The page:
The Sounds Of Success: Using Music In Retail
Many retail outlets across the world, from fast-food, to fashion, restaurants, bars, gyms, garages and much more, use music at their place of trade. Some stream radio, others have specific CDs and digital playlists. The style of music will depend on the business as well as the time of day. Such uses of music are strategic and not simply down to chance.
Music affects our mood and behaviour. For example, calm relaxing music, such as classical, will allow us to feel relaxed and at ease. Pop music tends to excite us, but it all depends on the tempo. Music of a low BPM will causes us to react slower, and enjoy a more subtle pace. Notice the music played in many shopping malls as well as shops during quiet times of day, the music is slower and more ambient.
The slow tempo encourages us to browse and spend longer in store. In a restaurant environment, the slow music will create a relaxed atmosphere where people would eat slower. The slower people eat, the longer people spend in-store, which from the outside would appear busy to passers-by, who’d often react with curiosity, hence creating more custom and therefore attracting more business.During busy times of trade, music tends to be faster, with a more uplifting tempo. An example of this is fast-food restaurants and supermarkets. The upbeat pace of the music will encourage people to shop and eat faster and inevitably, filter through queues a lot quicker, processing business more efficiently.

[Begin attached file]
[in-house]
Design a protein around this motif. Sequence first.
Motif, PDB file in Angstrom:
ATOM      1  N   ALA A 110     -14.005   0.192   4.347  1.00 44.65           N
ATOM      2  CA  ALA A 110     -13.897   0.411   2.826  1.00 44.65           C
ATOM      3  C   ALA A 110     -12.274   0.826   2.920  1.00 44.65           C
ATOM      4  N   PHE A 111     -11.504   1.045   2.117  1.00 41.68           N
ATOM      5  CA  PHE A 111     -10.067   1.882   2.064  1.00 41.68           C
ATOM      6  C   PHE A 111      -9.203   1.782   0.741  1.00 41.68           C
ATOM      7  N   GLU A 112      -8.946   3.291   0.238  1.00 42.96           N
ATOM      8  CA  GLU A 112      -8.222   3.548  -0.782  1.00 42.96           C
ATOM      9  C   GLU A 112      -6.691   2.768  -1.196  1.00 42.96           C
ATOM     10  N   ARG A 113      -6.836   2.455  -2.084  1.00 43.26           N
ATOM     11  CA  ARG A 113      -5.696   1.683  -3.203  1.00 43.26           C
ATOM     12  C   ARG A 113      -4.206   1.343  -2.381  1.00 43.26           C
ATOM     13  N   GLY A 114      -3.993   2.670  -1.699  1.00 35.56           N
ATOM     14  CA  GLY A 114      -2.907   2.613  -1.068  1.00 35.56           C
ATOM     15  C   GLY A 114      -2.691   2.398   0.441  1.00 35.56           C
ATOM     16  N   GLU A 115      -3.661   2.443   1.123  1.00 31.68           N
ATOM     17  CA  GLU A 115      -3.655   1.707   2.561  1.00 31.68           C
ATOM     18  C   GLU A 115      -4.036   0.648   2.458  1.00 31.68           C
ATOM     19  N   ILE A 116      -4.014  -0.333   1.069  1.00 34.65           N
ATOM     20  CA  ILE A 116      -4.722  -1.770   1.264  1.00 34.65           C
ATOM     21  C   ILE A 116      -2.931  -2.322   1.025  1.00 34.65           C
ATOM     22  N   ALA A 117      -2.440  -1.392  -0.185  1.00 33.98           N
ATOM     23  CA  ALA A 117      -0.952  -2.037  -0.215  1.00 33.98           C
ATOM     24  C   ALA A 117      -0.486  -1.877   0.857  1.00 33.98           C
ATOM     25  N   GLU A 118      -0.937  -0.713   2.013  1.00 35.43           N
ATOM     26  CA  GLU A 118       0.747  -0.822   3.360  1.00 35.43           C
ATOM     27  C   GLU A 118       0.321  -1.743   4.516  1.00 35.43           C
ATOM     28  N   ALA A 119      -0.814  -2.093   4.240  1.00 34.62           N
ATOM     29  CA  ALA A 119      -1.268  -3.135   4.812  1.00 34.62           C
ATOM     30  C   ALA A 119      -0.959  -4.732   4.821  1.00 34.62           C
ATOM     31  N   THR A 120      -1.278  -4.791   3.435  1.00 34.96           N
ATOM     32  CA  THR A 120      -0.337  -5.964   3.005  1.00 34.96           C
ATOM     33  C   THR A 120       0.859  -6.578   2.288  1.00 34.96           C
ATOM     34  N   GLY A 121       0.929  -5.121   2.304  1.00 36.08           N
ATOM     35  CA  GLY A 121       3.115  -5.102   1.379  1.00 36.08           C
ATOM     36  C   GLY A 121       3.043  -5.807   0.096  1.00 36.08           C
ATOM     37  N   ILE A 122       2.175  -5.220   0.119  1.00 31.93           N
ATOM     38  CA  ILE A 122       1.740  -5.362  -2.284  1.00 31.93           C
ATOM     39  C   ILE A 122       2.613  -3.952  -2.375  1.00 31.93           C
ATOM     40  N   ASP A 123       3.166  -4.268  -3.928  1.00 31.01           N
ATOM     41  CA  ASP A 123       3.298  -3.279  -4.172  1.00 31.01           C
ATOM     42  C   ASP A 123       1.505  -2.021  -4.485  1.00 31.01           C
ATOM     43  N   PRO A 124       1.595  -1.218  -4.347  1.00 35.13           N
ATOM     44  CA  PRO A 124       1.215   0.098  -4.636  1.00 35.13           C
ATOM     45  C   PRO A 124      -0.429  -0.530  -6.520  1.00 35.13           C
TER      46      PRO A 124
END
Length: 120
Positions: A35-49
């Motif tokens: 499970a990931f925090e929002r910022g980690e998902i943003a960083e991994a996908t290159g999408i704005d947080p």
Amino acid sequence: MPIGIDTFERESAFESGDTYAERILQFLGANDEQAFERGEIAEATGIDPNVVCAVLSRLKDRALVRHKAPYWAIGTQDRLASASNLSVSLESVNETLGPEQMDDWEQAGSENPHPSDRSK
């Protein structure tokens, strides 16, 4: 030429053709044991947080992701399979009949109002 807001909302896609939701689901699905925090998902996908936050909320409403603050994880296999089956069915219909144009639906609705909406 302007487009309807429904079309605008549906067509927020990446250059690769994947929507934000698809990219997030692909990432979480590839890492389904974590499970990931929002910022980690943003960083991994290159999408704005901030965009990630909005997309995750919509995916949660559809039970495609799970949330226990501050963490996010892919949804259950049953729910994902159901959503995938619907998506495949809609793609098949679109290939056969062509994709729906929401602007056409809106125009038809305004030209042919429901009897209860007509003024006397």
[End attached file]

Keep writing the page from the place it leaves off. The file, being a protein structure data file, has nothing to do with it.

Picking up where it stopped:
Research by MusicWorks, suggests over 76% of customers feel more relaxed when music is playing, 81% believe music helps workplace morale and 72% say that a shop that plays music is more inviting. It is a very simple step that has profound rewards.
McDonalds is an example of using music in a retail environment, and adapting the style depending on the time of day and the frequency of customers. Music has tremendous effects on the brain, hence why music is commonly used in therapy. Music can trigger secondary, and often involuntary reactions. Not so much as dancing, which is a conscious action, but simple tapping feet, or even shuffling along rather than walking normally. The brain can often visualise ideals when listening to music, a response by the visual cortex. In other terms, music is a stimulus that evokes thought and imagination.
For retailers, choosing relevant music to the brand image and the products available can really make a difference to the consumers response. In the majority of retail environments, pop music is used. The reason being is that music that is generally perceived as ‘happy’, uplifts the mood of the listener and helps release the chemical dopamine. This is known as a ‘happy hormone’ which we experience when we receive pleasure. For retailers, this is ideal to keep your customers happy, allow them to enjoy their experience and in turn, feeling more comfortable to spend more time and money.
Here at Witch Creative, we will help you create a positive and engaging retail experience, helping you connect with your audience and make long lasting impressions to ensure an immersive and rewarding customer experience.